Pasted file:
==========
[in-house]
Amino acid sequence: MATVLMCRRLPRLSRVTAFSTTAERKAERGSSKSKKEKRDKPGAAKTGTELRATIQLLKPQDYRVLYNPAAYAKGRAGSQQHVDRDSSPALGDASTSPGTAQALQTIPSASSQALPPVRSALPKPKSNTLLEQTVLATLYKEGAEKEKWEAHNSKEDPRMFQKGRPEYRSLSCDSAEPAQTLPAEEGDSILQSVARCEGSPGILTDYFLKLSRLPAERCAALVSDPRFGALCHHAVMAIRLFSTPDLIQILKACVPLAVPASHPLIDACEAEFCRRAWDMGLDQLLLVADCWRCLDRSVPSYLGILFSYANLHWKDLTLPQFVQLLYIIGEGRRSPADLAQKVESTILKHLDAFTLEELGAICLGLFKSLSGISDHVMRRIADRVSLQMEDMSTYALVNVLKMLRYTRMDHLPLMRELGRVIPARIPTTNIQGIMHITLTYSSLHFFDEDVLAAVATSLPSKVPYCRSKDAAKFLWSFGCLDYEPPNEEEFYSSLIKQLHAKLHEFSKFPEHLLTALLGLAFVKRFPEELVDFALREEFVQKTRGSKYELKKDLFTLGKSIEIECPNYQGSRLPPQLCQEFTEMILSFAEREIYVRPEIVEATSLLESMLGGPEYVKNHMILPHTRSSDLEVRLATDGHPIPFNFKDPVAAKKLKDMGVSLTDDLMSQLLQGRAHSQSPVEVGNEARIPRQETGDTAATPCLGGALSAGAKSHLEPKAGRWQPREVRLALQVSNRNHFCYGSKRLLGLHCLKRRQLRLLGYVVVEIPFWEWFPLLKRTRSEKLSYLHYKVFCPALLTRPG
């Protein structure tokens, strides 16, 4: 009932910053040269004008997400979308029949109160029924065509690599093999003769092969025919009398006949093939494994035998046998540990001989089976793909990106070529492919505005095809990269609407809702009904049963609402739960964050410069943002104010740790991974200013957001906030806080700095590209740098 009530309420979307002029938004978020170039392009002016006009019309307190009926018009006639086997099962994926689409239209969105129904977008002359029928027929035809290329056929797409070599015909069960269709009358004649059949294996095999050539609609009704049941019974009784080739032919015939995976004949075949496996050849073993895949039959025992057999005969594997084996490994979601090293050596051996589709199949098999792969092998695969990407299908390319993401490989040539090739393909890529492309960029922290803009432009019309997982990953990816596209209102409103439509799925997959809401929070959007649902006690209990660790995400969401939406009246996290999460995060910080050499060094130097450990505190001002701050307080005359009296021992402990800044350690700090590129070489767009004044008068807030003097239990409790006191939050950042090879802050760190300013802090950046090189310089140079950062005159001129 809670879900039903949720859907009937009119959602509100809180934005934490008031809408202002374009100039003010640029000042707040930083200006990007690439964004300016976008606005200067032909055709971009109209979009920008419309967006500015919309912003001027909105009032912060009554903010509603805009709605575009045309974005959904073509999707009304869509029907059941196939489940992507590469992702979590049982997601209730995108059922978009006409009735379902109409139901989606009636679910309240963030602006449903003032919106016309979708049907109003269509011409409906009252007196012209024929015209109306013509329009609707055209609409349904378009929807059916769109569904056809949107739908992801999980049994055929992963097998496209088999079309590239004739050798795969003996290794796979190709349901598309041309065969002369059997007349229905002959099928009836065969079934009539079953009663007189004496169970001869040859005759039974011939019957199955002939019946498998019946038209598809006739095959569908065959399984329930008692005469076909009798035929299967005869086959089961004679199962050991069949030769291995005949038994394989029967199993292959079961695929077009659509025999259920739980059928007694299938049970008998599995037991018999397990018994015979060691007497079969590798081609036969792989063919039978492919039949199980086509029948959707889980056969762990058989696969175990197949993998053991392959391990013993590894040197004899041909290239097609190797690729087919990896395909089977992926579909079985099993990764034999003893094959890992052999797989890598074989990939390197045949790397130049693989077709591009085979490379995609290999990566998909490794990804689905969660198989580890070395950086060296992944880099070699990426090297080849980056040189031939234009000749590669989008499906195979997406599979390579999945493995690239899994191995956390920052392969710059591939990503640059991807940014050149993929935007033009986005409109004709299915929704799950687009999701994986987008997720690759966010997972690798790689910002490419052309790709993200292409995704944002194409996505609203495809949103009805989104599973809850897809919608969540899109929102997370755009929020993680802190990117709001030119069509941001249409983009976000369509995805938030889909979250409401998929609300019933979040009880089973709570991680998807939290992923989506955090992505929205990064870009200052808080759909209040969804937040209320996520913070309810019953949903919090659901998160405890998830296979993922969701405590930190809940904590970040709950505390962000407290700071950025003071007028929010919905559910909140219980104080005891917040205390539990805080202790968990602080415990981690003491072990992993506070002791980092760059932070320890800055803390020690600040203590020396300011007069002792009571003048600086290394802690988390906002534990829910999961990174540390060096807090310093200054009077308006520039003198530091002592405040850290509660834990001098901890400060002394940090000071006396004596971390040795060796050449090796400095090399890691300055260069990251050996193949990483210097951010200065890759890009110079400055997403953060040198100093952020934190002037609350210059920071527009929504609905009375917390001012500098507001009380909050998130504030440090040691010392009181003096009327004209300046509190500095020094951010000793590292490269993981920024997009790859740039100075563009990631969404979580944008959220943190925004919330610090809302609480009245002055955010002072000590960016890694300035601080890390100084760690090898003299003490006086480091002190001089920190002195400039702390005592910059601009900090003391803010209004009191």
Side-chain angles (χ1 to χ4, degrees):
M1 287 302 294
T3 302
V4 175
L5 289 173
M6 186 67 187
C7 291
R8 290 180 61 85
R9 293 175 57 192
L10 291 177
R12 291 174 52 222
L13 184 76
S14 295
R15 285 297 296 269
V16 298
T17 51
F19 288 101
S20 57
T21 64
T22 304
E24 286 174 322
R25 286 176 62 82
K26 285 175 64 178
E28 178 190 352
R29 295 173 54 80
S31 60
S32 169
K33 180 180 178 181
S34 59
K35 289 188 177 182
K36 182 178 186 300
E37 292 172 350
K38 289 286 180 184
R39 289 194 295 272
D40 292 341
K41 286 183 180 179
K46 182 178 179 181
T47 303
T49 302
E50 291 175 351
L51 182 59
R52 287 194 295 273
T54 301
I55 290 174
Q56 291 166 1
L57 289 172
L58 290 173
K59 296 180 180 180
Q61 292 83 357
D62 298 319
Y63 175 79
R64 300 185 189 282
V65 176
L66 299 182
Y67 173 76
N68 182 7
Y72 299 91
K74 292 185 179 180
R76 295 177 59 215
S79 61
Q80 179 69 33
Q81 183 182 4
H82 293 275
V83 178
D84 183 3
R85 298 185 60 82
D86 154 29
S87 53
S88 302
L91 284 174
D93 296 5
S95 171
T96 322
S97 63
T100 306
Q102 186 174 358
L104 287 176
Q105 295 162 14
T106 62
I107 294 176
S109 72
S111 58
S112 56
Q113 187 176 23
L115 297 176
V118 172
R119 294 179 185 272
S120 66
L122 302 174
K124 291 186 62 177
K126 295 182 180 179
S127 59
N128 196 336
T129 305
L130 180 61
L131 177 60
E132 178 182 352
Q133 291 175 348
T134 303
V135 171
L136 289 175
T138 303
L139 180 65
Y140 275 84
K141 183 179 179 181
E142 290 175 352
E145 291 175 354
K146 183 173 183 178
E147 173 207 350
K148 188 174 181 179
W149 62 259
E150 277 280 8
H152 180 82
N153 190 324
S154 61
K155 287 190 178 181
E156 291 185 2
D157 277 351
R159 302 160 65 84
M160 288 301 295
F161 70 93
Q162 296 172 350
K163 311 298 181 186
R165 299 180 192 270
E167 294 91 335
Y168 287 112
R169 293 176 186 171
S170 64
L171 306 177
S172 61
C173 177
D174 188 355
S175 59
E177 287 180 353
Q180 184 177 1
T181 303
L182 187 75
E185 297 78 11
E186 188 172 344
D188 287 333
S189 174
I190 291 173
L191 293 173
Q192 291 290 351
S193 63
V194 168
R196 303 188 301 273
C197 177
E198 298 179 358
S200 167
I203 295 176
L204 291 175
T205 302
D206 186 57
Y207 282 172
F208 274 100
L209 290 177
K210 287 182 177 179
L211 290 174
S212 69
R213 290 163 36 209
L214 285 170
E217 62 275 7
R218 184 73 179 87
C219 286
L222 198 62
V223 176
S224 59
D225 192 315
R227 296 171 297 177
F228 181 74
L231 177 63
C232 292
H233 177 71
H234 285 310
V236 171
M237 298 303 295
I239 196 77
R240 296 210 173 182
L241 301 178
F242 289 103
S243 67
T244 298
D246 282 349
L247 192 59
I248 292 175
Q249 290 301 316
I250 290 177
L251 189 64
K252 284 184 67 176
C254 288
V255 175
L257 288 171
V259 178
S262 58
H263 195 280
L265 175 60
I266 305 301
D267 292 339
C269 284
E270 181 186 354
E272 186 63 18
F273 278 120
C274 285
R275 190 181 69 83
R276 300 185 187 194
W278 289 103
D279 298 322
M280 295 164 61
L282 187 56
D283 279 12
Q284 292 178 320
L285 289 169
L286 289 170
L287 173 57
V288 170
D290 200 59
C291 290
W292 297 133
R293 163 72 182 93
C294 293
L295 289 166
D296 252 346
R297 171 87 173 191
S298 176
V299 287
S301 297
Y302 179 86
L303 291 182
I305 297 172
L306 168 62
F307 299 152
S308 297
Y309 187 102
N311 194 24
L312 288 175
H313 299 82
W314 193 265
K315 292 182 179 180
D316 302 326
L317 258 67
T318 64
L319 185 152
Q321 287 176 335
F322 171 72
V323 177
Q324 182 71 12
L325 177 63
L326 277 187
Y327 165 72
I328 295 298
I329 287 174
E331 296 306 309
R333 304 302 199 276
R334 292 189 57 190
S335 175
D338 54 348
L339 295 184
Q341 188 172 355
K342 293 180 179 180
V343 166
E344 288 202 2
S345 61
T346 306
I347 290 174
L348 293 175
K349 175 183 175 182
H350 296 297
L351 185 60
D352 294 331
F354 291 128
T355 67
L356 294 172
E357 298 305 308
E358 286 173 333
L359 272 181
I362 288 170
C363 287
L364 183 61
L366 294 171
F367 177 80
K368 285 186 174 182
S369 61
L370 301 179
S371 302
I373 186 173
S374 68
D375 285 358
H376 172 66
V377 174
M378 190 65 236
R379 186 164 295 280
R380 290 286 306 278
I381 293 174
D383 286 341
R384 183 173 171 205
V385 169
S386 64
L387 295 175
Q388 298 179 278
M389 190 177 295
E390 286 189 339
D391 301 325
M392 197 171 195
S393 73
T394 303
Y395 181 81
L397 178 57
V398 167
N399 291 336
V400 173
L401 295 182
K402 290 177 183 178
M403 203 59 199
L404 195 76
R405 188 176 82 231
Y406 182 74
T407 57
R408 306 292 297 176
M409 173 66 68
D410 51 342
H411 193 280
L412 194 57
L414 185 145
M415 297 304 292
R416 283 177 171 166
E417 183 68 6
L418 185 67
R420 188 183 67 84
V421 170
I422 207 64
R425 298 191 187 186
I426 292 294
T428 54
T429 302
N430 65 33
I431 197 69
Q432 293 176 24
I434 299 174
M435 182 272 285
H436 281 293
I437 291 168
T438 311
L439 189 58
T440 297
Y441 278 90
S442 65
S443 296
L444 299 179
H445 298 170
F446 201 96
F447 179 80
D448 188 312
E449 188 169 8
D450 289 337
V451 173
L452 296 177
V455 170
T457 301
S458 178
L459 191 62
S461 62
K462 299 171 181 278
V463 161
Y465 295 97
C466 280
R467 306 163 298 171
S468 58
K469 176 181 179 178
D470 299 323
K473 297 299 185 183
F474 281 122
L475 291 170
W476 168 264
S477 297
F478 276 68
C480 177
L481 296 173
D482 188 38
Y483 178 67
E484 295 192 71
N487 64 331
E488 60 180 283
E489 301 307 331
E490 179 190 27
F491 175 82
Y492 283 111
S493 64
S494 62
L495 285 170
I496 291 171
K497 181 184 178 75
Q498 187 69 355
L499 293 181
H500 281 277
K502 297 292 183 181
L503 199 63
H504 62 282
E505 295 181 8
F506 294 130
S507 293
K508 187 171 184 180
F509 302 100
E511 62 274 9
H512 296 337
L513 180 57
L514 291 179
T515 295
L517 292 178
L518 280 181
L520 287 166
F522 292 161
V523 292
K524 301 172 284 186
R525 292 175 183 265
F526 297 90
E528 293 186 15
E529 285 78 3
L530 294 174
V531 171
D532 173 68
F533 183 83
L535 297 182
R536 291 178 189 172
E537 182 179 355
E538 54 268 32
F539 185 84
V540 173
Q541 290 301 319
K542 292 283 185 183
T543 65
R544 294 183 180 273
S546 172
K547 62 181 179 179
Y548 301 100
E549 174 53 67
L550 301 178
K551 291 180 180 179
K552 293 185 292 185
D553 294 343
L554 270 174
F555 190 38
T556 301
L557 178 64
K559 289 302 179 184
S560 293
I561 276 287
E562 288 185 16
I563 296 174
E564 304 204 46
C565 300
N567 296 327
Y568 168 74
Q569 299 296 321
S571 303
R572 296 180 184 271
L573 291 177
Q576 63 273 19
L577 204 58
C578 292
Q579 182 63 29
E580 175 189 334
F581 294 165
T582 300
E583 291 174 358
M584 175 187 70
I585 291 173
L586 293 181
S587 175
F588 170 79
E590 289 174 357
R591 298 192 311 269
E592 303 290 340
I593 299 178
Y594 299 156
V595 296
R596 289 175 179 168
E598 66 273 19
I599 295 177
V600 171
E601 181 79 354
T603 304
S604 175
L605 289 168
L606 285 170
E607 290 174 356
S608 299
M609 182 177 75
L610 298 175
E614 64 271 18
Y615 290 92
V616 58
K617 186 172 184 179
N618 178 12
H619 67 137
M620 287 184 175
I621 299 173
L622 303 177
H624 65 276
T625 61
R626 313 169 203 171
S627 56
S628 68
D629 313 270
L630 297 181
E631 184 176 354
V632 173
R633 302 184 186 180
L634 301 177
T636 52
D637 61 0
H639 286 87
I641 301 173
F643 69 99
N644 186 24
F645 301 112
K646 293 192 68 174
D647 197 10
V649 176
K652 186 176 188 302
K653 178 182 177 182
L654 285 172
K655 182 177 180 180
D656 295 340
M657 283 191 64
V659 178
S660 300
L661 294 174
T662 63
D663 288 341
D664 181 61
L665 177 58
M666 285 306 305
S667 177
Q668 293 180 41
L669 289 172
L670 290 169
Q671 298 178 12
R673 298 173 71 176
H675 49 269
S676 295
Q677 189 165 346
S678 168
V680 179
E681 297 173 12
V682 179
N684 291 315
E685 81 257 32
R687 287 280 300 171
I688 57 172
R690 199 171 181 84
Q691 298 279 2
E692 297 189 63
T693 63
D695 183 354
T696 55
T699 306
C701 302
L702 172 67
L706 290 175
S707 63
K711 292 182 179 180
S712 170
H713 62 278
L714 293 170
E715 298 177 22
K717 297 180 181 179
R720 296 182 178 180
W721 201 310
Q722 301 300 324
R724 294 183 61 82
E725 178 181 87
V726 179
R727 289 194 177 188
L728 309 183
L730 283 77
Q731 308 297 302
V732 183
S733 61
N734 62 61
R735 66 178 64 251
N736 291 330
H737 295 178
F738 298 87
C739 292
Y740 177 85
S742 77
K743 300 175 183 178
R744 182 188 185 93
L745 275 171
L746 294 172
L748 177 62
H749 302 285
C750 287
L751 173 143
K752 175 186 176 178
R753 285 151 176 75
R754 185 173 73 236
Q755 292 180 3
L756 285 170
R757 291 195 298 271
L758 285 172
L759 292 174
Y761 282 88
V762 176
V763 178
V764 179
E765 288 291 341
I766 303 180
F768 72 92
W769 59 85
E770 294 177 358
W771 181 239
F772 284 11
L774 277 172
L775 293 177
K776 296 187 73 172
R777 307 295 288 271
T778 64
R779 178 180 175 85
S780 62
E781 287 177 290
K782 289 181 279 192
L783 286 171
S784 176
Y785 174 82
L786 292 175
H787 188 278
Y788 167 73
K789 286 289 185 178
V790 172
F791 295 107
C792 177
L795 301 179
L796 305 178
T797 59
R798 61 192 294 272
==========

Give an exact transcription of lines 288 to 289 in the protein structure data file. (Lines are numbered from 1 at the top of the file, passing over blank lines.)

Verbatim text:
S371 302
I373 186 173